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A study suggests that having high pressure in showers could aid in water conservation for individuals.
Environment World News

A study suggests that having high pressure in showers could aid in water conservation for individuals.

Exchanging a weak stream for a strong one may seem like an unnecessary luxury when showering, but studies suggest that it could potentially conserve water.

The rise in attention towards water usage stems from both scarcity of the resource and the environmental impact of collecting, purifying, supplying, and heating it, particularly in regards to showers.

According to experts, it has been found that increasing water pressure in showers is linked to reduced water usage. Additionally, implementing a shower timer can also be beneficial.

According to the researchers, implementing low-flow equipment may potentially improve shower efficiency and contribute to reaching net zero. However, this should not be the only factor considered.

This study, currently in preprint form and awaiting peer review, consisted of placing sensors in 290 showers throughout the University of Surrey campus. Overall, 86,000 showers were recorded and their duration was analyzed.

The study discovered that although there were some lengthy showers, the typical length was 6.7 minutes. Half of the showers fell within the range of 3.3 to 8.8 minutes.

“Ian Walker, one of the authors and a professor of environmental psychology at the University of Swansea, stated on X that there were no showers lasting over an hour, but we have evidence to prove otherwise.”

Using the duration of each time a person takes a shower and the rate at which water flows from the shower, the researchers calculated how much water was used during each shower. The findings showed that showers with higher pressure were linked to using less water, regardless of the flow rate.

According to Walker, using low flow-rate showers means less water is being delivered compared to high flow-rate showers. However, high-pressure showers lead to reduced water consumption because users tended to turn them off sooner than low-pressure ones.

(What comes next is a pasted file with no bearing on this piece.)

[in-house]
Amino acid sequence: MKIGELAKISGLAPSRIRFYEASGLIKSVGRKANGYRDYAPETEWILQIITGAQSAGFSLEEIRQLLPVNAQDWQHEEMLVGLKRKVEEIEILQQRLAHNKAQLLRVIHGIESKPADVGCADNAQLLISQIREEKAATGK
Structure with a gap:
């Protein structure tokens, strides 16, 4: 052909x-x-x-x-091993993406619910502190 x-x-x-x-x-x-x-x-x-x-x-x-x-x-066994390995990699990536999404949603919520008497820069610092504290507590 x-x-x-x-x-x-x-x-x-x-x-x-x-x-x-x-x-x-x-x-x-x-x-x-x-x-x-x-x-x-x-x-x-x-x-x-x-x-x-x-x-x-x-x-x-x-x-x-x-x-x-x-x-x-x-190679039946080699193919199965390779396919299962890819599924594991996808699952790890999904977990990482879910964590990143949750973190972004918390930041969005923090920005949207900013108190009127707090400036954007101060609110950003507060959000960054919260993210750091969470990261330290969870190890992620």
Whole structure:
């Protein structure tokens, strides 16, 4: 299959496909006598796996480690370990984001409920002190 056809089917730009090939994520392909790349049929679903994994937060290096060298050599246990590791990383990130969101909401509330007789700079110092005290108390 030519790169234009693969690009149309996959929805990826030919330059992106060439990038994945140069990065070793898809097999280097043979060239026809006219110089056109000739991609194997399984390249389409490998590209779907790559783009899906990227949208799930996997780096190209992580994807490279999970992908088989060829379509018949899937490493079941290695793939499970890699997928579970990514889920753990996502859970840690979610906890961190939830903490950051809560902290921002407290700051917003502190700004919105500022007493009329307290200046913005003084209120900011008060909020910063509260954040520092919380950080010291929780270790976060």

“He stated that the ideal scenario would be a combination of high pressure and low flow.”

Additionally, the researchers discovered that displaying a timer in the shower can have added advantages by preventing shower durations from gradually increasing over time.

The researchers observed that showers with a combination of high water pressure and timers typically used 17 litres of water per shower, while those with low pressure and no timer used almost 61 litres. According to the team, using a smart timer can decrease water usage by up to 53% in showers with moderate water pressure.

The research, which may have received input from businesses, does have restrictions. It is uncertain how applicable the results would be in a household environment.

The researchers on the team suggest additional studies should be conducted to understand the reason for the decrease in water usage with increasing water pressure and also determine the threshold at which higher pressure no longer results in water conservation.

“According to Walker, showers with higher water pressure were noticeably shorter. The main question to consider is why this is the case. Does the higher pressure simply rinse products off faster, or does it provide a more satisfying and quicker sensation of feeling clean?”

Cameron Brick, an environmental psychologist who is not associated with the study from the University of Amsterdam, mentioned that a notable aspect of the research is its use of unbiased data on water consumption. However, he also noted that the reason for the correlation between high water pressure and shorter showers remains uncertain.

“The aforementioned evidence was obtained by comparing individuals rather than making comparisons within the same person,” he stated. “An additional potential step would be to alter the water pressure in the same households, thereby providing further substantiation for these proposed policies.”

Source: theguardian.com